“If there are nine rabbits in the ground and you want to catch one, just focus on one.” – Jack Ma, founder of Alibaba.com

Do you have too many business ideas? It’s not easy to decide what business to start. Here’s a quick guide on how to pick the best one for you – time is of the essence. 

Ideas come easy to the entrepreneurial minded. It’s not hard to come up with a lot of potentially great business ideas – the hard part is picking just one to focus on.

It is even harder to narrow it down if you have been holding on to a few ideas for a while. The longer you wait before taking action, the more attached you become to an idea – even though it is worth nothing without execution. You start feeling like it is your own private invention, and think it to be worth something.

You don’t have to throw all your ideas out (coming up with new ones is a great mental exercise), but defeating analysis paralysis is important. Picking just one idea requires willpower and honesty (with yourself).

You have to pick the idea that’s most right for you

Try this exercise. For each of your potential ideas, answer the following questions:

  1. Is this something people actually need? Is there a burning desire in the market?
  2. Is it lucrative? How big is the market and how many potential customers are there?
  3. Is it for you? Is it something you would be satisfied doing for the next 5 years?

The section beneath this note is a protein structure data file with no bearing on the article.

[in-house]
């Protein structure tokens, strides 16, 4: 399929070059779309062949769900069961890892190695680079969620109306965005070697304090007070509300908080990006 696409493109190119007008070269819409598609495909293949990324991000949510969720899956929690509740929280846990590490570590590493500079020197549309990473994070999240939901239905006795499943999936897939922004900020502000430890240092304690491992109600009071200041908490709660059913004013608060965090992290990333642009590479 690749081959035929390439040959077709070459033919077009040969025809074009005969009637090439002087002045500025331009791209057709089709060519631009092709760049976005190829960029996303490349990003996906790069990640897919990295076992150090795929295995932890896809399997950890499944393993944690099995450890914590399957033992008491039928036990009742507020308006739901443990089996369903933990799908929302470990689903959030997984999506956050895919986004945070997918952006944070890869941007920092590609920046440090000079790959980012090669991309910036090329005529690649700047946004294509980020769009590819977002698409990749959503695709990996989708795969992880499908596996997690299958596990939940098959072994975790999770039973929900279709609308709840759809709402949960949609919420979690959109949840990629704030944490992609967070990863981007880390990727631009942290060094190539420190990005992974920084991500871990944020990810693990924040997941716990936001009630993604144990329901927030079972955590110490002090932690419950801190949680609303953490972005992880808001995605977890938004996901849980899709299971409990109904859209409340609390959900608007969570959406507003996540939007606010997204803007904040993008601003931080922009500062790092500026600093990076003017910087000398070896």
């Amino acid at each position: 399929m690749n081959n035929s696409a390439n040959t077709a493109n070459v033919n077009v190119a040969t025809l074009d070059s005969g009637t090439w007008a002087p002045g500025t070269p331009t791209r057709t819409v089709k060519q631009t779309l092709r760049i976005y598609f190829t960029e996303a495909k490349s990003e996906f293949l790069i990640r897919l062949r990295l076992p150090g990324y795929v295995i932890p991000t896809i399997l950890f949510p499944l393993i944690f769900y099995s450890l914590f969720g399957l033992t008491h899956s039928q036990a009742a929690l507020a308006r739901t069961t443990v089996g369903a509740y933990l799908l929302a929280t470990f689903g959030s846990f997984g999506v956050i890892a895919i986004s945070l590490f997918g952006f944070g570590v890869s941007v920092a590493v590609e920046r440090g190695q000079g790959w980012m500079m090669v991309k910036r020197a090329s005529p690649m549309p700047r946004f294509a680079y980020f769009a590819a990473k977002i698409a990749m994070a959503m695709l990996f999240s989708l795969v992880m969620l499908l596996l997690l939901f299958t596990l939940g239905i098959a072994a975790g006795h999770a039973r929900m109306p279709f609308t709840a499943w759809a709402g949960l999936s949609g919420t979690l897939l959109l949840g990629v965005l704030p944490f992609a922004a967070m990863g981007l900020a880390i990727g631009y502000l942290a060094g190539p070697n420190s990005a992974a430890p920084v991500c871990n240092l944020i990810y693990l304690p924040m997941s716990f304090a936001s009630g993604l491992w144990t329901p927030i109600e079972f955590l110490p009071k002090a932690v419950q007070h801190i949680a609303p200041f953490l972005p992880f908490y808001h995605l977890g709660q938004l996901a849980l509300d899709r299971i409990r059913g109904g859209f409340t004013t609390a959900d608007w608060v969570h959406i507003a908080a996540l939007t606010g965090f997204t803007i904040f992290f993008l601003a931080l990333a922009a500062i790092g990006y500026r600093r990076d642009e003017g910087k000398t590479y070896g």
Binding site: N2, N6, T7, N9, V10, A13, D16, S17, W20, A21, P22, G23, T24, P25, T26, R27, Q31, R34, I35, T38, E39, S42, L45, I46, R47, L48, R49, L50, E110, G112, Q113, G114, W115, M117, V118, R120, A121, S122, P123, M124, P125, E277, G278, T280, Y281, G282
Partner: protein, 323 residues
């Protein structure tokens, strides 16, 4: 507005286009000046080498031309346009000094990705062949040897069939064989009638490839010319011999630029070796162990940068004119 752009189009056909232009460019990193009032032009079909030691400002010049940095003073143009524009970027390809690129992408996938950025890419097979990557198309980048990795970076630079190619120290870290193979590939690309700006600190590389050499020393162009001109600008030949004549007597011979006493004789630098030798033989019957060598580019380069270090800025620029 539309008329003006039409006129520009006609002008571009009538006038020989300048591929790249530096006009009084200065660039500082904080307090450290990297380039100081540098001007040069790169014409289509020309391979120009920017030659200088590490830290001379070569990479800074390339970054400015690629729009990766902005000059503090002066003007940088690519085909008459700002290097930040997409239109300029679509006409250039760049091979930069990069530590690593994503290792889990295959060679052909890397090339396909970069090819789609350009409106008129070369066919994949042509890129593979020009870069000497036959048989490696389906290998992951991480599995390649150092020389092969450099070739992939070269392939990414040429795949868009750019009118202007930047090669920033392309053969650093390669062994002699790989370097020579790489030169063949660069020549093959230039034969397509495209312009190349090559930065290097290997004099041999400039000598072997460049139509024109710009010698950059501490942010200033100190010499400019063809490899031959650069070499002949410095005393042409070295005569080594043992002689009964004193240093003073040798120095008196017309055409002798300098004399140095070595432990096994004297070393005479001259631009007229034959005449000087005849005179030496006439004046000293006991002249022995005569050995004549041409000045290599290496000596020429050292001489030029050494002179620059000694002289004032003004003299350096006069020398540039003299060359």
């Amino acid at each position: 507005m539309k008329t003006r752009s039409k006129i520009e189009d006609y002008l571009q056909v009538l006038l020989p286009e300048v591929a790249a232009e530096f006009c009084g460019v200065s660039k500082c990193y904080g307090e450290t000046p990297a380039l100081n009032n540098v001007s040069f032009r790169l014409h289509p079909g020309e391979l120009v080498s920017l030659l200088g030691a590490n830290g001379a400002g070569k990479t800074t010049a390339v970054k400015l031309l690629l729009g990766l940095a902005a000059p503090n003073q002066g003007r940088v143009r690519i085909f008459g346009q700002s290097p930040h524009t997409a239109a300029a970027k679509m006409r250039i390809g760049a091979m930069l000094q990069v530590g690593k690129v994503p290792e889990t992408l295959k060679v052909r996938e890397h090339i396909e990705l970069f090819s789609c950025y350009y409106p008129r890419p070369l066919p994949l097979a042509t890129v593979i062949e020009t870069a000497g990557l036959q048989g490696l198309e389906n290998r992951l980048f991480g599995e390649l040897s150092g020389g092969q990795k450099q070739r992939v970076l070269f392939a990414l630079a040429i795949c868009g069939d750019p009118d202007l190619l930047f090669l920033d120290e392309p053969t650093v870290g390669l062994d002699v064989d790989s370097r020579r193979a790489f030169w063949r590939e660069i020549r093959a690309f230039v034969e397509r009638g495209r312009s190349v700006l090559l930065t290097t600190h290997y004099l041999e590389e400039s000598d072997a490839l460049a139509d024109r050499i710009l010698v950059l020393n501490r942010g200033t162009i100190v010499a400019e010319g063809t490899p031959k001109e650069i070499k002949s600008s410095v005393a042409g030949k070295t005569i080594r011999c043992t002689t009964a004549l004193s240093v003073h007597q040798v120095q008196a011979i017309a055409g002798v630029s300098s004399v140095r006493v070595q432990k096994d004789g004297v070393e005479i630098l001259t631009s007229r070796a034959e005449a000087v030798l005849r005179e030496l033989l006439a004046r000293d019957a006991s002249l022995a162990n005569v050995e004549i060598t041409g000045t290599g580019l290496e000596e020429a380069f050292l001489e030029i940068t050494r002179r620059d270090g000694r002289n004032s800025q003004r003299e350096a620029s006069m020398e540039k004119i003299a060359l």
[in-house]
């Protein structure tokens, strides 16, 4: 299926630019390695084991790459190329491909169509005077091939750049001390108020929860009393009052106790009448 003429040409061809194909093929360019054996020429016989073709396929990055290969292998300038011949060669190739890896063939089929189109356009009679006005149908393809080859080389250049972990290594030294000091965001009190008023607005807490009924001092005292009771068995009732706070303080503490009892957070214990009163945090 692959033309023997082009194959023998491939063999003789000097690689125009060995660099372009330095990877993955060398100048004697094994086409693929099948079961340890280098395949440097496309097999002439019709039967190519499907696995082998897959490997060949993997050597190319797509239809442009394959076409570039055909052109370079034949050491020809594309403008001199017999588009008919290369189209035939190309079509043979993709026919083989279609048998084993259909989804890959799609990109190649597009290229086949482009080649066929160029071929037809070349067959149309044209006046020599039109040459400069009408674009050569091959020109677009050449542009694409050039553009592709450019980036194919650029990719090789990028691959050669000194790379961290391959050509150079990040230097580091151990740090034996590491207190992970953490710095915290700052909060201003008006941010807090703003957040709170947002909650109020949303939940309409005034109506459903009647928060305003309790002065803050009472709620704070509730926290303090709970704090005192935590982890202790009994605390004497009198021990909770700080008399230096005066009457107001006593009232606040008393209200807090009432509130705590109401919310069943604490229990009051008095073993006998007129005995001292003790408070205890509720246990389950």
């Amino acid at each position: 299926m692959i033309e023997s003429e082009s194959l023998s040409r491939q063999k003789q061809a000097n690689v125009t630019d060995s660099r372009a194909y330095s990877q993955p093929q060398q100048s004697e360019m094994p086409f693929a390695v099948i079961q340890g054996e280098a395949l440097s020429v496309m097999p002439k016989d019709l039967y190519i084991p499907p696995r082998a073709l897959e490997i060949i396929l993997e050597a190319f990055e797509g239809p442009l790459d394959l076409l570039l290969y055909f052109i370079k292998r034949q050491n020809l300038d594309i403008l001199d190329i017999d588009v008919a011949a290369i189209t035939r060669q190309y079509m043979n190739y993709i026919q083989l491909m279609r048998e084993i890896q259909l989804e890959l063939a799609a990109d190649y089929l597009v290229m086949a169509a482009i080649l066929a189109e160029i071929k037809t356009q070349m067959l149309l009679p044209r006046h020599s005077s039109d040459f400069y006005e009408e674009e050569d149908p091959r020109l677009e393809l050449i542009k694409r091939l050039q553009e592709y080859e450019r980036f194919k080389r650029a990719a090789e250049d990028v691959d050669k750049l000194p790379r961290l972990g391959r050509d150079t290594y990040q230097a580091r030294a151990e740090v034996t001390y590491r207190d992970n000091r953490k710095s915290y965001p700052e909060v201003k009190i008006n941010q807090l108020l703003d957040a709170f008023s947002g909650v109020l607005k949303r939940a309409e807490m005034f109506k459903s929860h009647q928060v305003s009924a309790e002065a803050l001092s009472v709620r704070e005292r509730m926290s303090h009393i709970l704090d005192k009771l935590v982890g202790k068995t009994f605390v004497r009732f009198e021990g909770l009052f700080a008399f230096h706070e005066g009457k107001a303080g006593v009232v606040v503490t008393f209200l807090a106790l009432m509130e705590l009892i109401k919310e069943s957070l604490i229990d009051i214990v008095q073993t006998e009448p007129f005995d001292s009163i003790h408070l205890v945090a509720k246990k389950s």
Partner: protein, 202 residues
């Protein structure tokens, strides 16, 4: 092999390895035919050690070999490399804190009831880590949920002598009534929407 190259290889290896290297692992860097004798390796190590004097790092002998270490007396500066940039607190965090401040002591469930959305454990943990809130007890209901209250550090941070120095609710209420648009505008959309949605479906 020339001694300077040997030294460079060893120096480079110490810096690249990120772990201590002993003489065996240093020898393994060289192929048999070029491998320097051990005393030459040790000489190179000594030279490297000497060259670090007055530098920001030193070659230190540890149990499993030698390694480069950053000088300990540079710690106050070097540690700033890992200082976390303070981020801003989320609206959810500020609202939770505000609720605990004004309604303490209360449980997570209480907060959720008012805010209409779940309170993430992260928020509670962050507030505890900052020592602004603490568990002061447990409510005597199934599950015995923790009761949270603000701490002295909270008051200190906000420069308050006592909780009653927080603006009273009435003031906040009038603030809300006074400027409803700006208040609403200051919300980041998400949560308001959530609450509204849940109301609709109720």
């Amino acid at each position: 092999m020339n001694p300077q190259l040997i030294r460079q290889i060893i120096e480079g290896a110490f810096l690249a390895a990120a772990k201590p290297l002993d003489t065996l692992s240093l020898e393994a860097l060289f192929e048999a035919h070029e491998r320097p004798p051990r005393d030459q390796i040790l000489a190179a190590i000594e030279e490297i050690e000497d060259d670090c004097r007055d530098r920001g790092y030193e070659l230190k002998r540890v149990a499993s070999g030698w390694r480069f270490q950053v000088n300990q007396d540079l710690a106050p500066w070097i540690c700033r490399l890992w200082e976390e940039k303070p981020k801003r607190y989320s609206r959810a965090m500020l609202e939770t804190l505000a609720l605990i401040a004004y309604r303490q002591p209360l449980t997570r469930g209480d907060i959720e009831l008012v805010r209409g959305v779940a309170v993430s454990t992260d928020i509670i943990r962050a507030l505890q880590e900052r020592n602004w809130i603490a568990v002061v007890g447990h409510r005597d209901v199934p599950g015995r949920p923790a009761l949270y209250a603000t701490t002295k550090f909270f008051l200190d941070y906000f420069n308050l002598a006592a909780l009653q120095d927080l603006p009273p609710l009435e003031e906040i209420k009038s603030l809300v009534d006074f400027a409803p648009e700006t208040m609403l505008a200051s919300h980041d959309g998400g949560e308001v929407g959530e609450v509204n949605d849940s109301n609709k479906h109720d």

4. How easy would it be to test it out with a quick Version 1.0 and get feedback?

For each of these questions, give a score out of 5.

It doesn’t have to be a precise score (this is not an exact process), but you have to decide on a score. Then you add the individual scores to get the total (out of 20).

You will find that by answering the questions one by one, you start thinking more objectively about the business idea.

I’ve completed the exercise for a few ideas I’ve had recently:

IdeaIs it needed?Is it lucrative?Is it for me?Easy to test it?Total Score
Guide for RTW Travellers115512
Display Ad Generator333211
English Tutor Listings323210
Internet Literacy Academy325414
Pushup Tracking App11338

In short, none of my ideas were that good. Of the five above, I concluded that none even stand out. They just happened to sound cool when I first came up with them – prior to doing any research. Unless the idea gets 16 points or more, I disregard it.

Some points to consider:

  • When assessing whether something is truly “needed” ask yourself: was this a real human need 10 years ago? And will it remain a need 10 years later?
  • There’s no way to tell exactly how lucrative it will be (this all depends on your execution), but you can guess this by the growth rate of the market you are targeting and the total size of the pot of gold to be split up among the players
  • If you can’t imagine keeping a daily blog about the business, chances are it’s not really personally satisfying – perhaps you are only in love with the idea of it
  • Anything that requires a lot of initial development (e.g. coding) to test out should not have a high “ease” score

So try it out! If you have dozens of ideas, this will help you narrow it down.

And once you see a clear winner, go for it. Do something.

Get the first version (prototype) out, and see if anyone bites!